Once again, it’s time to urge you to avoid the dirty tricks and scams some web developers practice routinely. My late pastor used to say, “People should be better than they are…but they’re not.” And we at Optima Automotive have come across more than our fair share of people who should be better but aren’t. In fact, some are just bad, plain and simple. One client, a female shop owner who we’ll call “Jane,” was trying to get her domain name registration transferred from her old website developer to her. It didn’t go well.
Jane asked Optima to design a new website for her and manage her social media accounts, too. After some research, we found that the former developer, who we’ll call “DBD,” also owned the rights to her business domain name – never a good thing unless you have the utmost trust in your developer. Even then, we urge you to have control in case something happens. So we coached Jane on how to request the transfer.
It’s simple to transfer a domain from one owner to another. The original owner goes in to the domain registration service they use, unlocks it, gets a transfer code and then communicates that to the new owner, who sets up their own domain registration account and looks for “transfer a domain.” They provide the domain name, enter the code and pay the fee. That service then sends an email to the original owner asking if they agree to this transfer. They agree, and the transfer is complete. Five to 10 minutes of work, tops.
Not in this case, however. The original developer, DBD, sent a total of six documents to be reviewed, initialed and signed. One was a release agreement that “releases” DBD from claims, damages and liability caused by the “certain loss of rankings” due to transferring the domain name to her. There was a five-page “software acquisition” agreement that needed each page initialed, and a nondisclosure agreement that wouldn’t allow Jane to even use her existing website or communicate anything about it to a future developer she might contract with. DBD said doing so would enable “rogue agents” to provide false information with the “sole purpose of discrediting the good name” of DBD. Good name indeed. Worse yet, this nondisclosure was to extend for 15-1/2 years! DBD then billed Jane’s company $350 to transfer the website and domain name and indicated that if she didn’t pay immediately, she would incur a 15-1/2 percent monthly late charge!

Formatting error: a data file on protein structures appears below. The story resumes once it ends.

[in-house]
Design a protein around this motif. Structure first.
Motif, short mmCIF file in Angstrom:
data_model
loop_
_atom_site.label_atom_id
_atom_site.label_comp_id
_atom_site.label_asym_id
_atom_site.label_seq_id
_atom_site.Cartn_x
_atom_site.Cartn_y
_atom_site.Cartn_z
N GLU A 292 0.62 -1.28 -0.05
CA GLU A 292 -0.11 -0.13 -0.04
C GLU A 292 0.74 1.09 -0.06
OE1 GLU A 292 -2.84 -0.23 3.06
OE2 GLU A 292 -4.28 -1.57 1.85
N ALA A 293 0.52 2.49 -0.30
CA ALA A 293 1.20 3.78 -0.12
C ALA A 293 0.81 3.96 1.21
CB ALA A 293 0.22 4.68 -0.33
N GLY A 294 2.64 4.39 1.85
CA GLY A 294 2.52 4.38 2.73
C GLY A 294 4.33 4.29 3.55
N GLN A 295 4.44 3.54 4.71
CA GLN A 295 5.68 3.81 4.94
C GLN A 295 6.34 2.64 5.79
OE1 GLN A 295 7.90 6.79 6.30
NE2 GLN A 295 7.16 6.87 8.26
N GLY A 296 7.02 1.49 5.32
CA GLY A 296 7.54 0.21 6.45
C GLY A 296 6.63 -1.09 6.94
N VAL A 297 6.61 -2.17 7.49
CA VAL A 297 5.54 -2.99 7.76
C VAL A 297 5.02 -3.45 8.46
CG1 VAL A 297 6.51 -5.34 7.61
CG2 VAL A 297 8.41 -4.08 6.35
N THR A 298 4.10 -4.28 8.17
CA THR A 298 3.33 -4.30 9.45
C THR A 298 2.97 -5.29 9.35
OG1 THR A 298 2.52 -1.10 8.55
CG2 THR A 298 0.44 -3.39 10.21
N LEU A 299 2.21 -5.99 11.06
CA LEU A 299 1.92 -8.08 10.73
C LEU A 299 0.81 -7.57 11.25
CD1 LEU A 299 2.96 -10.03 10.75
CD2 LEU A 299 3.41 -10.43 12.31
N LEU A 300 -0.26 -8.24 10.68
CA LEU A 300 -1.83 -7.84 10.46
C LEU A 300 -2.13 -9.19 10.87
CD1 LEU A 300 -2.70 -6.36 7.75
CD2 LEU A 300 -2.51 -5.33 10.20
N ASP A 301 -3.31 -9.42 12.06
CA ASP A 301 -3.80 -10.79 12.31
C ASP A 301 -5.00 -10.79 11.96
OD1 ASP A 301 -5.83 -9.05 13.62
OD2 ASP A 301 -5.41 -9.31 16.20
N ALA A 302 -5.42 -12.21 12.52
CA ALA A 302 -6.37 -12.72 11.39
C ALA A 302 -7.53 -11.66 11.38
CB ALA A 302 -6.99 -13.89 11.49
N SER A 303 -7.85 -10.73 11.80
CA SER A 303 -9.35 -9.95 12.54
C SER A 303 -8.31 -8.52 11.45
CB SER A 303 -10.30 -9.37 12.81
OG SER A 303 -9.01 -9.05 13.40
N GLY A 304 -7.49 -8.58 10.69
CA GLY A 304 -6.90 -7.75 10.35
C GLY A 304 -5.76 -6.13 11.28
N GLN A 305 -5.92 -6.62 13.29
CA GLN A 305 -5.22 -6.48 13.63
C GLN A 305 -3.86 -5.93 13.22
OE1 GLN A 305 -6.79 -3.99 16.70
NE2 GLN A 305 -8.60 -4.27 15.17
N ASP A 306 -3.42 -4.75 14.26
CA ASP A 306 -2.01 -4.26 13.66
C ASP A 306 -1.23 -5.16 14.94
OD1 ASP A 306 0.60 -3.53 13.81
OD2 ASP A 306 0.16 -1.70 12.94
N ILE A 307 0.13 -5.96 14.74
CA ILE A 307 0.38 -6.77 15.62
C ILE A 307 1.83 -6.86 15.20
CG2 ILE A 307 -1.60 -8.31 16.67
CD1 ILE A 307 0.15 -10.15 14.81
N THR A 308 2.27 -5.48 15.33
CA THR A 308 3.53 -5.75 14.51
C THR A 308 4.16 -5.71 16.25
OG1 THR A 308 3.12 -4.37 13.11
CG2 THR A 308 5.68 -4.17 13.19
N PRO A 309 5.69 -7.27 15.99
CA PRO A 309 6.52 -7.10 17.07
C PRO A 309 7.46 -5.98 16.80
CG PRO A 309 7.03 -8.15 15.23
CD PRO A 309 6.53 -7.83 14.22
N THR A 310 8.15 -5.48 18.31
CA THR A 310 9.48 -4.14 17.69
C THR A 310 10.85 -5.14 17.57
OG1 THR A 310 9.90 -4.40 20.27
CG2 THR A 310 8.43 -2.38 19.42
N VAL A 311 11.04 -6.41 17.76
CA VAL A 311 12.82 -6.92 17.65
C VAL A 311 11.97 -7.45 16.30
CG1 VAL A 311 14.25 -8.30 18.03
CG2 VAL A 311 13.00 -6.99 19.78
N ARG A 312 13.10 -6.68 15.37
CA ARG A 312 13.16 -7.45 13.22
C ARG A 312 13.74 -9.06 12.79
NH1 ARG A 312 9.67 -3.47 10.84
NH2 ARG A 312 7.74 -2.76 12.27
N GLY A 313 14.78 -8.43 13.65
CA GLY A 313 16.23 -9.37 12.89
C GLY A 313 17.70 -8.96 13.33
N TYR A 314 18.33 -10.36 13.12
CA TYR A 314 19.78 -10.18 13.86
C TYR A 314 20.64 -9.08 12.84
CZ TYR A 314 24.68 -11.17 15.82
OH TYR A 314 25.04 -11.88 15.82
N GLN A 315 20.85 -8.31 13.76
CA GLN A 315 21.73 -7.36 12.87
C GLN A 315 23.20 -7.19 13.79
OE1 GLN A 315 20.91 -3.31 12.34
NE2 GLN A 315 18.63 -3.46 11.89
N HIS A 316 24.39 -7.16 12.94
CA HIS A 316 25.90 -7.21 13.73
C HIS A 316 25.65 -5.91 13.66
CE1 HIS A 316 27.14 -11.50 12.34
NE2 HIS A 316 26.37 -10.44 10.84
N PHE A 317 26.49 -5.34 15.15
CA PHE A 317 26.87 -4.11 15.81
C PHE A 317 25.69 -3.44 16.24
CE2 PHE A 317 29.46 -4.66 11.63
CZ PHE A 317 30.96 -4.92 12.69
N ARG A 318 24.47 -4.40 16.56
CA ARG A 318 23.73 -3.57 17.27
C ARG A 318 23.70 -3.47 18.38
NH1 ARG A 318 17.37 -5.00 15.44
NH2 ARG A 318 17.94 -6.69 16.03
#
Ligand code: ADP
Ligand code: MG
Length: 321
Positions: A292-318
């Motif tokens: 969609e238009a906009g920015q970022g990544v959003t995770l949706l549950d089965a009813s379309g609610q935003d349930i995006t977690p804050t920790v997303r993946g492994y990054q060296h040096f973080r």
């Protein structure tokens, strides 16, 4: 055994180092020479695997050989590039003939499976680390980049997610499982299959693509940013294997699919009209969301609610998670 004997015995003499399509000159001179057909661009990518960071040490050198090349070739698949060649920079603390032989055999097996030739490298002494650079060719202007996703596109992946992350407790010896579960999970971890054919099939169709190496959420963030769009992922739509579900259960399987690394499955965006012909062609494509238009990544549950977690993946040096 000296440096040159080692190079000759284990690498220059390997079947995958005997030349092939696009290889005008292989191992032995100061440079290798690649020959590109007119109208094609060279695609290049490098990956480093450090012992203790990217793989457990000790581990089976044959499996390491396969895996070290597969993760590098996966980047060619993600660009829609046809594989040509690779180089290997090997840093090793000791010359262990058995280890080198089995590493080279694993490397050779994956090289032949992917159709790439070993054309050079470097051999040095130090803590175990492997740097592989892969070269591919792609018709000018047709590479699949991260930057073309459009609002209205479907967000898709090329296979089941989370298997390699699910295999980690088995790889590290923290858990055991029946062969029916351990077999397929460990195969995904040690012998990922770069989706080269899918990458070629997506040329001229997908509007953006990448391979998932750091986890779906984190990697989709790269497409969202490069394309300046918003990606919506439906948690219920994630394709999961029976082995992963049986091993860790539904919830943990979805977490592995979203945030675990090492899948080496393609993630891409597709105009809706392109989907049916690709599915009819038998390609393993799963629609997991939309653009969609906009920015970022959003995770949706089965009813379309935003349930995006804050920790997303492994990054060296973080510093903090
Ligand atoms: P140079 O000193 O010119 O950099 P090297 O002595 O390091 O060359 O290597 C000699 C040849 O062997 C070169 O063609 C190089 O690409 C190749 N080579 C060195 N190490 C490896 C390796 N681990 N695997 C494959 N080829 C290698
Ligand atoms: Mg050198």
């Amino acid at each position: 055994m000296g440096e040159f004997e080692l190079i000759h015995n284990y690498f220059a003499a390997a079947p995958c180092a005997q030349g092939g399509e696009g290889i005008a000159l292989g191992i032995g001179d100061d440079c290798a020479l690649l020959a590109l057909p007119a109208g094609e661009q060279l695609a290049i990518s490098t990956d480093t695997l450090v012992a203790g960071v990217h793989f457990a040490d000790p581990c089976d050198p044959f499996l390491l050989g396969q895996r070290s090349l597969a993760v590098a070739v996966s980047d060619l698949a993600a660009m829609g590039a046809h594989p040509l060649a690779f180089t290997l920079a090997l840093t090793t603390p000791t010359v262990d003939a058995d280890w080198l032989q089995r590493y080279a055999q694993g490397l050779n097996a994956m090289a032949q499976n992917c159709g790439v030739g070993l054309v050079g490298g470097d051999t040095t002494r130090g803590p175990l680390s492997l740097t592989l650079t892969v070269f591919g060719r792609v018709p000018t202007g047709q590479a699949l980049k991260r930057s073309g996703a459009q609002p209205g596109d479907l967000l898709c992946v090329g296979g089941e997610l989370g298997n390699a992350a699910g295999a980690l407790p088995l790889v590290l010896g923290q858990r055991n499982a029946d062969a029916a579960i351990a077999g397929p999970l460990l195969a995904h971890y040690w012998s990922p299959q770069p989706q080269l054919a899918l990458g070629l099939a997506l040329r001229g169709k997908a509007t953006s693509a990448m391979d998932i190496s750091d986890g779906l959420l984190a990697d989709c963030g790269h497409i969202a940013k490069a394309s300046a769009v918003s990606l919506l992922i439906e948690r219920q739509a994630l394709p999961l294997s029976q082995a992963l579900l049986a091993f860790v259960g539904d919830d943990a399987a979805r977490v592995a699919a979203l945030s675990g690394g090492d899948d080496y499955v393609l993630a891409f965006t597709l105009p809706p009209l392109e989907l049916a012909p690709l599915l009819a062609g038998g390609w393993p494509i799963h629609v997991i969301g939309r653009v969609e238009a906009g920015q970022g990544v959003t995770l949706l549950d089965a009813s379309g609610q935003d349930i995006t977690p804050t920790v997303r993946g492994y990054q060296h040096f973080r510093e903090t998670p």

Jane was beside herself. “I have never experienced anything like this!” she said. We told her by no means should she sign any of these agreements. She complained, and DBD sent the following message:
Please understand that because of the tremendous impact and ramifications of transferring a domain name, a company’s asset, all the agreements/forms, etc., must be signed (including initialing every page) and the invoice must be satisfied in full before the domain name and site are transferred. It will take you about two hours, and you’ll see that they’re meant to protect you and me from nasty surprises now and in the future. There isn’t a hidden agenda, nor is there anything that will harm either of us. I would never do that to one of my most cherished, longer term clients.
When she again told DBD that she only wanted the rights to her own business domain name, he accused her of being coached by some outside entity, and that the words and grammar she used weren’t her “normal” way of communicating. He then said this:
Transferring a web domain is not a 5- to 10-minute job, and those who misinform anyone wishing to transfer an entire online presence are selling web services as an ancillary service, e.g. taco truck operators who sell web design out of their taco trucks. This is not meant to discredit or demean the noble profession of operating a taco truck.
If this wasn’t such an injustice, that would actually be kind of funny. But the fun ended a long time ago.
So why not just tell Jane to buy a new domain and start from scratch? Because her existing domain has recognition by search engines that would take months to recoup, costing her business. And DBD knew it. Plus, DBD controls her email accounts, so she would lose those. Hundreds of people have Jane’s email address. DBD has access to her accounts, and Jane believes he’s spying on her communications, forcing her to use her AOL email to communicate with us.
A Hard Lesson
This whole thing is yet to be solved, but it should teach us all a lesson. As I’ve said many times before, as the business owner, you should have all the keys to your castle – your entire castle, not just parts of it. That means the following for your web presence:
- Own the rights to your business domain name(s)
- Have the access codes to your website server
- Have all access to your social media accounts. For Facebook, you must have your own personal Facebook account to be able to be a full administrator of your business Facebook page.
Not having this access can and does cause major headaches. It’s simple to avoid it. Get the keys.
Now let’s go find a taco truck, I’m hungry!